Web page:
September 19, 2013 | By David S. Cloud
WASHINGTON - When Aaron Alexis received an access card to enter the Washington Navy Yard, the Pentagon relied on a 5-year-old background investigation completed before most of his brushes with police and signs of mental illness, a senior Defense Department official said Wednesday. But the 2008 investigation was considered recent enough under federal rules for Alexis to be granted permission to enter the Navy Yard, where he worked, merely by flashing his card to a guard at the gate.
September 11, 2013 | By Michael Muskal
Americans will return Wednesday to the grim task of commemorating the worst act of domestic terrorism in U.S. history, the day Islamist fundamentalists seized four airliners and killed nearly 3,000 people in a disaster known simply as 9/11. Every year since then, the nation has mourned the victims of the Al Qaeda attacks, which felled both towers of New York's World Trade Center as well as the Pentagon. A fourth jetliner crashed into a Pennsylvania field when passengers tried to retake control from the hijackers.
September 7, 2013 | By David S. Cloud
WASHINGTON - The Pentagon is preparing for a longer bombardment of Syria than it originally had planned, with a heavy barrage of missile strikes followed soon after by more attacks on targets that the opening salvos missed or failed to destroy, officials said. The planning for intense attacks over a three-day period reflects the growing belief in the White House and the Pentagon that the United States needs more firepower to inflict even minimal damage on Syrian President Bashar Assad's forces, which have been widely dispersed over the last two weeks, the officials said.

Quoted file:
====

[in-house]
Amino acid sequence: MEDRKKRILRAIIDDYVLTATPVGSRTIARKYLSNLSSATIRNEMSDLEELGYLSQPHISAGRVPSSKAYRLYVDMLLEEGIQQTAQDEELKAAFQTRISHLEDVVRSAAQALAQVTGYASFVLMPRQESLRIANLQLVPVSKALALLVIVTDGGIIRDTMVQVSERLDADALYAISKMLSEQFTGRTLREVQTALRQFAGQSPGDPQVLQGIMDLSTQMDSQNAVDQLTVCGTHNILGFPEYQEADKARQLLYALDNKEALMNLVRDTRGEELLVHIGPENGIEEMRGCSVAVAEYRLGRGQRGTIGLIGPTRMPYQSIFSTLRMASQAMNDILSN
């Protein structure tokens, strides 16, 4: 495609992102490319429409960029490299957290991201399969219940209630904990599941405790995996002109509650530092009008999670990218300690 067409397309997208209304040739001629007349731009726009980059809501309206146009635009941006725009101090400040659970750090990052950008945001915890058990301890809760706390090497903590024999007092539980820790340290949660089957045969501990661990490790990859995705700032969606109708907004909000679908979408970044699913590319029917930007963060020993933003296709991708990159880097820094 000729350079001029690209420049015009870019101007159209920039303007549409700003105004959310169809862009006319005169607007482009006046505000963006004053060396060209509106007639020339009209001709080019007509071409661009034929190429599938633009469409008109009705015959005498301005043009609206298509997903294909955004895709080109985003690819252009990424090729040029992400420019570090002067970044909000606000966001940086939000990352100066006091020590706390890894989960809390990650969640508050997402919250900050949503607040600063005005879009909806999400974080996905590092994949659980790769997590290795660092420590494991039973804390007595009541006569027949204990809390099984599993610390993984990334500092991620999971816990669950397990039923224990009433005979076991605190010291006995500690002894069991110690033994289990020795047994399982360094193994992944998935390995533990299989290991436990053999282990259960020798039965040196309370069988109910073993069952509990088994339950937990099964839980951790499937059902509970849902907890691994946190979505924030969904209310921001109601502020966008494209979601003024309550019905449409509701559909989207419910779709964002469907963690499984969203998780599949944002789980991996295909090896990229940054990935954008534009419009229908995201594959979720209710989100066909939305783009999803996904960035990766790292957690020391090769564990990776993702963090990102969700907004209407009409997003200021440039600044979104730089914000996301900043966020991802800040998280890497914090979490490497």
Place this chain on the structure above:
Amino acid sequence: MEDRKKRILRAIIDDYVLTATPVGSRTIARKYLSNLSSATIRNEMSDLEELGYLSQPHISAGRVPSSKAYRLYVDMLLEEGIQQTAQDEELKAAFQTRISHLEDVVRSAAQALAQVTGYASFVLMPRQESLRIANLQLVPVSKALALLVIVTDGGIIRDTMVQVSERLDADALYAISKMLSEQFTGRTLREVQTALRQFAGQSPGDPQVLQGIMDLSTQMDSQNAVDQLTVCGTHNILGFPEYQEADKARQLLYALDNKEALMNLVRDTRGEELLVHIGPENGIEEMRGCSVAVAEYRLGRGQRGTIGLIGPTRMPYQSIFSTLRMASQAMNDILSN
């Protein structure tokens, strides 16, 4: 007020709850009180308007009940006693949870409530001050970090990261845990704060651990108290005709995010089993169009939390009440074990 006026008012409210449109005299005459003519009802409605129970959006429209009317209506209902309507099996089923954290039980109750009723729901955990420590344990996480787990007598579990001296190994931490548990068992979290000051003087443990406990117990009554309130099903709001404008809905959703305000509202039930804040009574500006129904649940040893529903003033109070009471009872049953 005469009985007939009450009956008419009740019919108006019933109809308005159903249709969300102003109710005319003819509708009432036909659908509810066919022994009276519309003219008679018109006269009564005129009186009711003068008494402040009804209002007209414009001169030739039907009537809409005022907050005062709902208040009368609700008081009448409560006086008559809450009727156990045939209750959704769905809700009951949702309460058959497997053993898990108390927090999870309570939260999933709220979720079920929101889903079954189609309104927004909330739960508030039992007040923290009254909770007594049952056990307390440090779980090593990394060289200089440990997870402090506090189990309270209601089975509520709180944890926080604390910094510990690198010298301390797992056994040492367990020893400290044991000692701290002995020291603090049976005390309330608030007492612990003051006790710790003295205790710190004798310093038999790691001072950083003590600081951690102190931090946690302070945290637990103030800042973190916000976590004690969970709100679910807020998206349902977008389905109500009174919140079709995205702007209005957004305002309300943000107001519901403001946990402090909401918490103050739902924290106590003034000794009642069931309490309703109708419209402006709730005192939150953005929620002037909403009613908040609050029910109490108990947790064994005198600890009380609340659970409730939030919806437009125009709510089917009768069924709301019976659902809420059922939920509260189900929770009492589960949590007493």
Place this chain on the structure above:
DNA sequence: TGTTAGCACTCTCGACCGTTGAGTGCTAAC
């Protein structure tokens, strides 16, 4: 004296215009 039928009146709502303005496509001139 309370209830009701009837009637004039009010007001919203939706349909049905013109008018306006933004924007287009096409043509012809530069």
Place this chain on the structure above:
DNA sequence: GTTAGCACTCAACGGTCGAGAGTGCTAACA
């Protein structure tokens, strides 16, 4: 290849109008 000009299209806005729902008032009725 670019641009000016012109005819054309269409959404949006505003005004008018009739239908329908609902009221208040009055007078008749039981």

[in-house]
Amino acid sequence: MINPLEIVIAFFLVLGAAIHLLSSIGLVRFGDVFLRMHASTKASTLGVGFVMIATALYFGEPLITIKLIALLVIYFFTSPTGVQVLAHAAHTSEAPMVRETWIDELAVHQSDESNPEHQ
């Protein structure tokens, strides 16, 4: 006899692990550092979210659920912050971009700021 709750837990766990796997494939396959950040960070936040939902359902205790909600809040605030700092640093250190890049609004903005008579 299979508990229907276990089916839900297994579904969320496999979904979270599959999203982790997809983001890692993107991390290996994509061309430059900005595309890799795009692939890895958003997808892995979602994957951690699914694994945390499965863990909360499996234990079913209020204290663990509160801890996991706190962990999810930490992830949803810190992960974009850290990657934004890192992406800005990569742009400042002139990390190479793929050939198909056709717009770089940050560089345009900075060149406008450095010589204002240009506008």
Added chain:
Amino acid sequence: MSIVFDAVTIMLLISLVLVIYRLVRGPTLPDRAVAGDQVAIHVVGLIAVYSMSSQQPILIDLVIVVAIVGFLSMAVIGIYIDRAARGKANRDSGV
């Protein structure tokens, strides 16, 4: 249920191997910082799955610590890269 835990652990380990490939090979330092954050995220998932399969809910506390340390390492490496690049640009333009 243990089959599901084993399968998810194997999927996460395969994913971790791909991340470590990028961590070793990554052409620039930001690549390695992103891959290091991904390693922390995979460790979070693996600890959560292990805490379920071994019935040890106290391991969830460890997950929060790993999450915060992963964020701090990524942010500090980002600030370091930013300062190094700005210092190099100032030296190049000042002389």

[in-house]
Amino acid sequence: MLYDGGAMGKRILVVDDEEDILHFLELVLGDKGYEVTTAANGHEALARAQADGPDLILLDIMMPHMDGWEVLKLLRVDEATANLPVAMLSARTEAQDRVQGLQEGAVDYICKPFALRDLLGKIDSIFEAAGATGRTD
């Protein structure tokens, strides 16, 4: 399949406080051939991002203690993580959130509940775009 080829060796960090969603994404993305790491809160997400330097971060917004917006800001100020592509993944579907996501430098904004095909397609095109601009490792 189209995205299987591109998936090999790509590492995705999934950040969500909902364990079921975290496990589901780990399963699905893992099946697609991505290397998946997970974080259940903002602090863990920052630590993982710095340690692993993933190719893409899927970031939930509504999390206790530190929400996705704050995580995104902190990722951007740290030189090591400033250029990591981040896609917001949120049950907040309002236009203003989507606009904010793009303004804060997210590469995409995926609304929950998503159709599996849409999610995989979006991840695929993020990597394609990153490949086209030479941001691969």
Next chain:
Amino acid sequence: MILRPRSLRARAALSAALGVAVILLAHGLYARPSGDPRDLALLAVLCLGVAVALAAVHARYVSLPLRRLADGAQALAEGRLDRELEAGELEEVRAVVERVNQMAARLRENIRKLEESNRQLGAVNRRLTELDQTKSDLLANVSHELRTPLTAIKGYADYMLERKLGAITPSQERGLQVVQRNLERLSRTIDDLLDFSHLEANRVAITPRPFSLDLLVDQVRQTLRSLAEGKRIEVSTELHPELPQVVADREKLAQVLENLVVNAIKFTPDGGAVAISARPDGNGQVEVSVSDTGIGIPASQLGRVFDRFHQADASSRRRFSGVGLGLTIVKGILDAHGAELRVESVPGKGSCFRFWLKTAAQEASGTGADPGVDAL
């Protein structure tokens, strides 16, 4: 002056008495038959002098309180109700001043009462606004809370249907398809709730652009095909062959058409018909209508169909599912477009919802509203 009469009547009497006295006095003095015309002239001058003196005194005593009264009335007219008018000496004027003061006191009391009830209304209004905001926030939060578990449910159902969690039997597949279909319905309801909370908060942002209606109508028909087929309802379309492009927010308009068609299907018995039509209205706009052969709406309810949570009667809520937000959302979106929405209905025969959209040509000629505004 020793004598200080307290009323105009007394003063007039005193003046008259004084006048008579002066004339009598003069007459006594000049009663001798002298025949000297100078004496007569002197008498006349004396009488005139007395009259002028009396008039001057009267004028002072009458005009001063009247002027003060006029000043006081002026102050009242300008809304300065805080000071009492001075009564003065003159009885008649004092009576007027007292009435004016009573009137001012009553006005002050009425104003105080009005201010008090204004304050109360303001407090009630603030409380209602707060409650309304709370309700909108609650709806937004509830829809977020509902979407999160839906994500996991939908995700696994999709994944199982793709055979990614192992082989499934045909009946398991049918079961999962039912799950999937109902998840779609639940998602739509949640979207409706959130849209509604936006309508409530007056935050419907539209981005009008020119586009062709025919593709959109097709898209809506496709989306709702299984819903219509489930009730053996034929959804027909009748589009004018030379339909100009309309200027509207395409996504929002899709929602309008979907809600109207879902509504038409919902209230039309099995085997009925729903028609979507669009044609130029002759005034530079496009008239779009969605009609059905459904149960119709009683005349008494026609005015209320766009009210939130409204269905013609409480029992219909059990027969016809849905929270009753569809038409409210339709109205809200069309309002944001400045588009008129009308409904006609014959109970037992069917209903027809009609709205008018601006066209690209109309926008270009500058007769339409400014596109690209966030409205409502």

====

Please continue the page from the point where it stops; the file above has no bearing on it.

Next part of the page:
August 27, 2013 | By Carol J. Williams
The United States has naval and air forces massed in the Mediterranean Sea and poised to strike Syria if President Obama gives the order, U.S. Defense Secretary Chuck Hagel said Tuesday. In an interview with BBC television during a trip to Southeast Asia, Hagel said Obama had asked the Pentagon for "all options for all contingencies," and that American and allied forces are in position to mete out any ordered punitive measures against Syrian President Bashar Assad. Hagel said the White House was waiting for final confirmation from U.N. inspectors of a rash of suspected poison gas attacks in rebel-held Damascus suburbs on Aug. 21. “I think the intelligence will conclude that it wasn't the rebels who used it, and there'll probably be pretty good intelligence to show that the Syria government was responsible - but we'll allow the time to come together to provide that information,” Hagel told the BBC during a visit to the sultanate of Brunei.
August 6, 2013 | By David S. Cloud
WASHINGTON - The Pentagon will furlough 650,000 civilian employees without pay for six days this year after months of warnings that mandatory budget cuts might idle defense workers for far longer, officials said Tuesday. Defense Secretary Chuck Hagel, who has vowed to help furloughed defense workers since he took over the Pentagon in February, said fewer furlough days became possible after officials found savings elsewhere in the military budget. In addition, Hagel said the ongoing U.S. withdrawal of combat troops and equipment from Afghanistan was proving less costly than anticipated, and money was shifted from Pentagon weapons acquisition accounts to help pay for personnel.